Scientific opinion shifts in the identical method continents do — very, very slowly. Generally the change is so lengthy coming that the writer of a brand new idea doesn’t reside to see his work vindicated. Generally he freezes to loss of life, on an expedition in an Arctic wasteland, many years earlier than his friends lastly acknowledge him as a visionary.
Such was the destiny of Alfred Wegener (1880-1930), a German scientist who lived and died with the unwavering conviction that the bottom we stand upon will not be as stable because it appears. He was proper, in fact. Geologists at the moment settle for the fundamentals of his idea of continental drift — albeit within the extra refined context of plate tectonics — as a reality of nature: Our planet’s configuration of land and ocean was totally different hundreds of thousands of years in the past, and will likely be totally different hundreds of thousands of years from now.
The specialists of Wegener’s personal time, nonetheless, dismissed the idea as pseudoscience and recognized him with “shifting crust illness and wandering pole plague.” They did finally be part of him on the appropriate facet of historical past, after a half-century’s value of efforts to discredit his work and disparage his character. However as he waited for the remainder of the world to embrace his concepts, it might nicely have felt like standing on the Florida coast and watching the horizon for the strategy of Africa.
An Exterior Perspective
The person who toppled the edifice of geological information wasn’t even a geologist. A skilled astronomer, sure; a daring and famend explorer, sure; an authority on Earth sciences, no. Wegener was a meteorologist, higher recognized for holding the world report for the longest hot-air balloon flight somewhat than rock-related analysis.
(Credit score: Public Area/Wikimedia Commons)
Undoubtedly, his lack of credentials put him at odds with institution teachers from the beginning, however their scorn got here additionally from a agency perception that the continents had at all times stood in roughly the identical place. Many individuals had made the obvious remark that the continents match collectively like puzzle items (most clearly alongside the coasts of South America and Africa), however the dogma of continental permanence ran so deep that Wegener was the primary to significantly take into account its logical conclusion: At some distant time, they will need to have been joined.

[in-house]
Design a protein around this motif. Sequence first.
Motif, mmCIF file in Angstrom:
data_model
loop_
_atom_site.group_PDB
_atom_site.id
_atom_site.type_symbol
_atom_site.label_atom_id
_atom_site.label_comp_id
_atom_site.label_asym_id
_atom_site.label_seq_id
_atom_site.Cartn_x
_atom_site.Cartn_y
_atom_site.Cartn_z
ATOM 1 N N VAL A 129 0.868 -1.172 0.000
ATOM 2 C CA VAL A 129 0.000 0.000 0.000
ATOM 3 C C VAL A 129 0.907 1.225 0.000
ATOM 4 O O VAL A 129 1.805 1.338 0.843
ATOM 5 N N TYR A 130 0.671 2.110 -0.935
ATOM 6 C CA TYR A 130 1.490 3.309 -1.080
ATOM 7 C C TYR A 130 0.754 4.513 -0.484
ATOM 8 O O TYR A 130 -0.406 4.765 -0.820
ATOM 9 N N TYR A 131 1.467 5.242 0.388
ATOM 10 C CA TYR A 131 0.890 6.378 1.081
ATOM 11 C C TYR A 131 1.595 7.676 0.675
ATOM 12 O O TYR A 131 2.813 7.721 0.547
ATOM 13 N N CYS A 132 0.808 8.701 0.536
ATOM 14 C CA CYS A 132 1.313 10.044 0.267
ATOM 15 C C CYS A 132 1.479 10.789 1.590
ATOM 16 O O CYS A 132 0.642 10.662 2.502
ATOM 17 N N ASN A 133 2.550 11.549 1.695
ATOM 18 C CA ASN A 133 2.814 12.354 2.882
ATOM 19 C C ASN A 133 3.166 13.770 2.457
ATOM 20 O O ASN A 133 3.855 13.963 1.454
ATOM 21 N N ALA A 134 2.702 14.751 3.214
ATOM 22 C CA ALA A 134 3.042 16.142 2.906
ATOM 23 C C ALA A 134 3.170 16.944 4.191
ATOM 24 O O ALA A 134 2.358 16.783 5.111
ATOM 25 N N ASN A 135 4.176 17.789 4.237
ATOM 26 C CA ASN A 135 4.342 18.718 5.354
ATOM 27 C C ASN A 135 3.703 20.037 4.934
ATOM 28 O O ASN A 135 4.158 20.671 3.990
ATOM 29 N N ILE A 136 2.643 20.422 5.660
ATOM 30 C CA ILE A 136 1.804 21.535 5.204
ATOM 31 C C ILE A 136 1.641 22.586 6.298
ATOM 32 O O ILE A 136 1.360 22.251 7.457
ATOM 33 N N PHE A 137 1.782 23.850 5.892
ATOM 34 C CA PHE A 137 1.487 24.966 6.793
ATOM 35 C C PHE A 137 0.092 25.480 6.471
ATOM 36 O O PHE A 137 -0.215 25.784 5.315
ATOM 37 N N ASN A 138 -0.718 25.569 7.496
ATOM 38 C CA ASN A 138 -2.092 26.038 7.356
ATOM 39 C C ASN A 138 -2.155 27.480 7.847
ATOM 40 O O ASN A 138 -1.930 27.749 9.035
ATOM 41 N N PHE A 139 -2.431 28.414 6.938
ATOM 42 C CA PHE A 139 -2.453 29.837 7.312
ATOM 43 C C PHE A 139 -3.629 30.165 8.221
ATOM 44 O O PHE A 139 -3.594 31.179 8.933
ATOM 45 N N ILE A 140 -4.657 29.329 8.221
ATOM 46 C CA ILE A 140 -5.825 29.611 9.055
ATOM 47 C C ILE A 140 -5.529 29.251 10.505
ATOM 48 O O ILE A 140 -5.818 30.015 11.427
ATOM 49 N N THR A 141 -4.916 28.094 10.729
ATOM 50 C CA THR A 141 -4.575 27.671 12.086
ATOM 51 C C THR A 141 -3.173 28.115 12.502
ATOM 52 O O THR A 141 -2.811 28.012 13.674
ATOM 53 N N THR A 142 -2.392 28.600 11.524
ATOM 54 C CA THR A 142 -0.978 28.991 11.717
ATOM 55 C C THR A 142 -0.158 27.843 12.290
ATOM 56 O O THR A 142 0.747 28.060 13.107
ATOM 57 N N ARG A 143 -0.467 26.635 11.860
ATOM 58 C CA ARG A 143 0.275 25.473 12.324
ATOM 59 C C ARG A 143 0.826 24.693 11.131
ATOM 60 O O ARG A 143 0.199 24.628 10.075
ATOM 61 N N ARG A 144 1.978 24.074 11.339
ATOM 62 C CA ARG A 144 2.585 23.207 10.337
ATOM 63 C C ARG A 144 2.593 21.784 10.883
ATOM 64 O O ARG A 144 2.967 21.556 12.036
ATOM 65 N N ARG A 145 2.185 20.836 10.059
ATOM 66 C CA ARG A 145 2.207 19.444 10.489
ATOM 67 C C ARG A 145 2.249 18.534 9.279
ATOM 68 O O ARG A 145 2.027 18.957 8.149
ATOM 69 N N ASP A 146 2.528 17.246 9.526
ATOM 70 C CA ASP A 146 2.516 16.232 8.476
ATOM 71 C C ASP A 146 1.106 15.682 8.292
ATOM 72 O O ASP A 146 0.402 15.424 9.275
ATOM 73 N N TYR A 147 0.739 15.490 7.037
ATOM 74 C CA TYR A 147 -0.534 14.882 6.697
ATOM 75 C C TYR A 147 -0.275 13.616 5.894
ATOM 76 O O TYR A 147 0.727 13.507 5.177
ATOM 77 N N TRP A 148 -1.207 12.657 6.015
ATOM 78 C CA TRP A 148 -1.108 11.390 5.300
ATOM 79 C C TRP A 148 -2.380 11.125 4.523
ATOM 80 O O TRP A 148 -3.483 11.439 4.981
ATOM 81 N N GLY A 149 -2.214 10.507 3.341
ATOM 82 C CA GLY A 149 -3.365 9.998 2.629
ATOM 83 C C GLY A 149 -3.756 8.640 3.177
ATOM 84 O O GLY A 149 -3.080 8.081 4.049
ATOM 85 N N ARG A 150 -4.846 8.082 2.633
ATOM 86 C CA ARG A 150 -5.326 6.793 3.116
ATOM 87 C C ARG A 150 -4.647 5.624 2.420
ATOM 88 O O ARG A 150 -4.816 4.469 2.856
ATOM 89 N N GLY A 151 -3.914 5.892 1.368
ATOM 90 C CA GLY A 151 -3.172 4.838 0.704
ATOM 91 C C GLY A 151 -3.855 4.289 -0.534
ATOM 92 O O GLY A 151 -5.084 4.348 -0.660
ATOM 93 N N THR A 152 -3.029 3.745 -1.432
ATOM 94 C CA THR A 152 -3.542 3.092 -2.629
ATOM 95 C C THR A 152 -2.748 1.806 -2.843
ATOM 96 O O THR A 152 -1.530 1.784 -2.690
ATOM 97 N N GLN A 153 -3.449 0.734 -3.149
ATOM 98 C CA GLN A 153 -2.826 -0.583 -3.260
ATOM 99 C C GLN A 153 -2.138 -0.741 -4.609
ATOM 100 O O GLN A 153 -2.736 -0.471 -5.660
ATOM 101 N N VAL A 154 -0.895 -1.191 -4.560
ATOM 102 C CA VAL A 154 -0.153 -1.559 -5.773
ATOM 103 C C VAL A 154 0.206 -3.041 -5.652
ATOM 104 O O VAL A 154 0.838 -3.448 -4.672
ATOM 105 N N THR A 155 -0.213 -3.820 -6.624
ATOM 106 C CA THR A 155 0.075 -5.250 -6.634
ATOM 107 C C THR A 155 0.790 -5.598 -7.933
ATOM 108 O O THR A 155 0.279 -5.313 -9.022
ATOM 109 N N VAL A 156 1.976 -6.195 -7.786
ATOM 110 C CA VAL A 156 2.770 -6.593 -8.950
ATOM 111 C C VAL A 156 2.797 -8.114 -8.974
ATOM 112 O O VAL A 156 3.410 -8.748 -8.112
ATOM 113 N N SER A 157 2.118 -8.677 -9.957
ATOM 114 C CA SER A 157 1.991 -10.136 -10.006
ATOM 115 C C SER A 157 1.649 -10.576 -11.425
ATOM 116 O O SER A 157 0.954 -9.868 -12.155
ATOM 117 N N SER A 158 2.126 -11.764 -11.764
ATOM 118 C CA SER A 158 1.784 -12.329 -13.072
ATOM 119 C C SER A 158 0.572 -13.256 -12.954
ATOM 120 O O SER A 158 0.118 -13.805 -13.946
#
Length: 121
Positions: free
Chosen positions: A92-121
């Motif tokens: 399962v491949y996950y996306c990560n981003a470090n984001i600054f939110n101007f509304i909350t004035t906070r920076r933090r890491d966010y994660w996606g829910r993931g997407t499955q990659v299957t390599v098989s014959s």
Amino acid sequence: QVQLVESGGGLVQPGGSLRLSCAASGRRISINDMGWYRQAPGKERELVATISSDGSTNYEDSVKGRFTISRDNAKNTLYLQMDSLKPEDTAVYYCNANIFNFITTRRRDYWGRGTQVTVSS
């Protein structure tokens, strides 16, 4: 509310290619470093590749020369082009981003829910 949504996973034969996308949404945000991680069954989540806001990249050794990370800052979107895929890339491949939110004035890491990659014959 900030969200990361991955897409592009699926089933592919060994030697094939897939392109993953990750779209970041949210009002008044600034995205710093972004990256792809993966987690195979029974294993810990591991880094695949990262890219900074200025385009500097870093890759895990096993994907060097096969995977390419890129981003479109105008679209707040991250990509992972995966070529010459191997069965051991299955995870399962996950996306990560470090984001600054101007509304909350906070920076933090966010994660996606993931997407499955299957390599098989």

When he first seen this jigsaw match on a world atlas, across the Christmas of 1910, he too discovered it “unbelievable,” he wrote. However the subsequent fall he discovered that many fossils on both facet of the Atlantic, in West Africa and Brazil, have been practically an identical. He additionally discovered that to account for this, his contemporaries instructed crops and animals had crossed historical land bridges which had since sunk into the oceans. Wegener started to suppose his speculation may not be unbelievable, in spite of everything.
Over the subsequent few months, as he constructed his case, he had no qualms about ditching the established order. A month earlier than he publicly offered his idea, in December 1912, he wrote to his mentor and future father-in-law, Wladimir Koppen: If the proof favored continental drift, he requested, “why ought to we hesitate to toss the previous views overboard? Why ought to this concept be held again for ten and even thirty years?”
In hindsight, it’s clear these are the phrases of an idealist. Dispassionate objectivity is the said purpose of science, true — however the response to Wegener’s proposal is a stark reminder that flesh-and-blood scientists don’t at all times verify their feelings on the laboratory door.